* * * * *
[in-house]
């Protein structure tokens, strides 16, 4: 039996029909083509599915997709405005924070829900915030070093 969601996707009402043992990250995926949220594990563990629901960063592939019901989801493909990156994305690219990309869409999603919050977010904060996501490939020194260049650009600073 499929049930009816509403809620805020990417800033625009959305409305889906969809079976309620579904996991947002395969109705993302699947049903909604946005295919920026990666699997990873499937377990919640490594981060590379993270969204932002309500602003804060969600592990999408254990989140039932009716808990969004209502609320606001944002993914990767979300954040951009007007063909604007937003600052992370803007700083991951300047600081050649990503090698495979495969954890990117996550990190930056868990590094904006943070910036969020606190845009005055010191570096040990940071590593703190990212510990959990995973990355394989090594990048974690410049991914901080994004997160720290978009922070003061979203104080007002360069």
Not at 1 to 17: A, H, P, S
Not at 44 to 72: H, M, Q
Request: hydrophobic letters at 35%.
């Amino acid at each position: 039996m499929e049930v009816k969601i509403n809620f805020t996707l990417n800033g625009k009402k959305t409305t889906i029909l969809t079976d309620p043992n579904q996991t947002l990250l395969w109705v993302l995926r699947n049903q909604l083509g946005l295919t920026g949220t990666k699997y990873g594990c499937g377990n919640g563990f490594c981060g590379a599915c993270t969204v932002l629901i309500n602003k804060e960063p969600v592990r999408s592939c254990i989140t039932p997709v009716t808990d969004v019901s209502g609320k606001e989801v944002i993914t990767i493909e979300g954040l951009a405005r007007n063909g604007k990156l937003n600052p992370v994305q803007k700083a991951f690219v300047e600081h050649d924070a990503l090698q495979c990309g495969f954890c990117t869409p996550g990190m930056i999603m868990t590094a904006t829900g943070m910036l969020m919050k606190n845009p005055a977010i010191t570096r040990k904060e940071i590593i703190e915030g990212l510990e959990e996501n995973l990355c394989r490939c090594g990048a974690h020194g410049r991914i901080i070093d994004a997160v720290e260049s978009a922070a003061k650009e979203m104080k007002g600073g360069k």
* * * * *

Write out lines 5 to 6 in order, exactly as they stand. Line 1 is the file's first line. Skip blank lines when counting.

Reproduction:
Request: hydrophobic letters at 35%.
């Amino acid at each position: 039996m499929e049930v009816k969601i509403n809620f805020t996707l990417n800033g625009k009402k959305t409305t889906i029909l969809t079976d309620p043992n579904q996991t947002l990250l395969w109705v993302l995926r699947n049903q909604l083509g946005l295919t920026g949220t990666k699997y990873g594990c499937g377990n919640g563990f490594c981060g590379a599915c993270t969204v932002l629901i309500n602003k804060e960063p969600v592990r999408s592939c254990i989140t039932p997709v009716t808990d969004v019901s209502g609320k606001e989801v944002i993914t990767i493909e979300g954040l951009a405005r007007n063909g604007k990156l937003n600052p992370v994305q803007k700083a991951f690219v300047e600081h050649d924070a990503l090698q495979c990309g495969f954890c990117t869409p996550g990190m930056i999603m868990t590094a904006t829900g943070m910036l969020m919050k606190n845009p005055a977010i010191t570096r040990k904060e940071i590593i703190e915030g990212l510990e959990e996501n995973l990355c394989r490939c090594g990048a974690h020194g410049r991914i901080i070093d994004a997160v720290e260049s978009a922070a003061k650009e979203m104080k007002g600073g360069k």